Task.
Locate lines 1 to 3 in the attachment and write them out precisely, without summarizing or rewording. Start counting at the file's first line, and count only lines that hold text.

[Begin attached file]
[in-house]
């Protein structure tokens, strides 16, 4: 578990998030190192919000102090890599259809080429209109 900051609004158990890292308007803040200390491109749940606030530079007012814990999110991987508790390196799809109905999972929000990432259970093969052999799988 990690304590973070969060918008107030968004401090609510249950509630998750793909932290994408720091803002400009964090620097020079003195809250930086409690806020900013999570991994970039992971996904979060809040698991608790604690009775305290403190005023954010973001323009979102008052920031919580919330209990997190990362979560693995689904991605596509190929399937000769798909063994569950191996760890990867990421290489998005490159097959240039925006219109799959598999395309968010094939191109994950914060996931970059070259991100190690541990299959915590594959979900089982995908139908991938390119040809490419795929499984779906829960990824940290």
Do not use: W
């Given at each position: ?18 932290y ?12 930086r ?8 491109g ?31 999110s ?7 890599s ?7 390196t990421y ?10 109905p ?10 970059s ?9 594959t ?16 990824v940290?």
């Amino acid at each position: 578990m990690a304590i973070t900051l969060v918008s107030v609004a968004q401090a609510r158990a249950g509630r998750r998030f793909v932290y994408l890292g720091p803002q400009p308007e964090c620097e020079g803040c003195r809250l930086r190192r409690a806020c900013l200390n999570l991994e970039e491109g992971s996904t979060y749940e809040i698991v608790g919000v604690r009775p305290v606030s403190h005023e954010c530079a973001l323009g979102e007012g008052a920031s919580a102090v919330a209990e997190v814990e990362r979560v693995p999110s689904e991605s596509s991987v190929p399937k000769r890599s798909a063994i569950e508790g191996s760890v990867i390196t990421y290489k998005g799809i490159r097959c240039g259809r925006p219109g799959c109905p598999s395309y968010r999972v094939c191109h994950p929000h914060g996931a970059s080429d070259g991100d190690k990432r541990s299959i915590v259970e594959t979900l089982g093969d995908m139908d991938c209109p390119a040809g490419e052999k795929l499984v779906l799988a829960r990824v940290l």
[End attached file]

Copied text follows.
[in-house]
């Protein structure tokens, strides 16, 4: 578990998030190192919000102090890599259809080429209109 900051609004158990890292308007803040200390491109749940606030530079007012814990999110991987508790390196799809109905999972929000990432259970093969052999799988 990690304590973070969060918008107030968004401090609510249950509630998750793909932290994408720091803002400009964090620097020079003195809250930086409690806020900013999570991994970039992971996904979060809040698991608790604690009775305290403190005023954010973001323009979102008052920031919580919330209990997190990362979560693995689904991605596509190929399937000769798909063994569950191996760890990867990421290489998005490159097959240039925006219109799959598999395309968010094939191109994950914060996931970059070259991100190690541990299959915590594959979900089982995908139908991938390119040809490419795929499984779906829960990824940290």
Do not use: W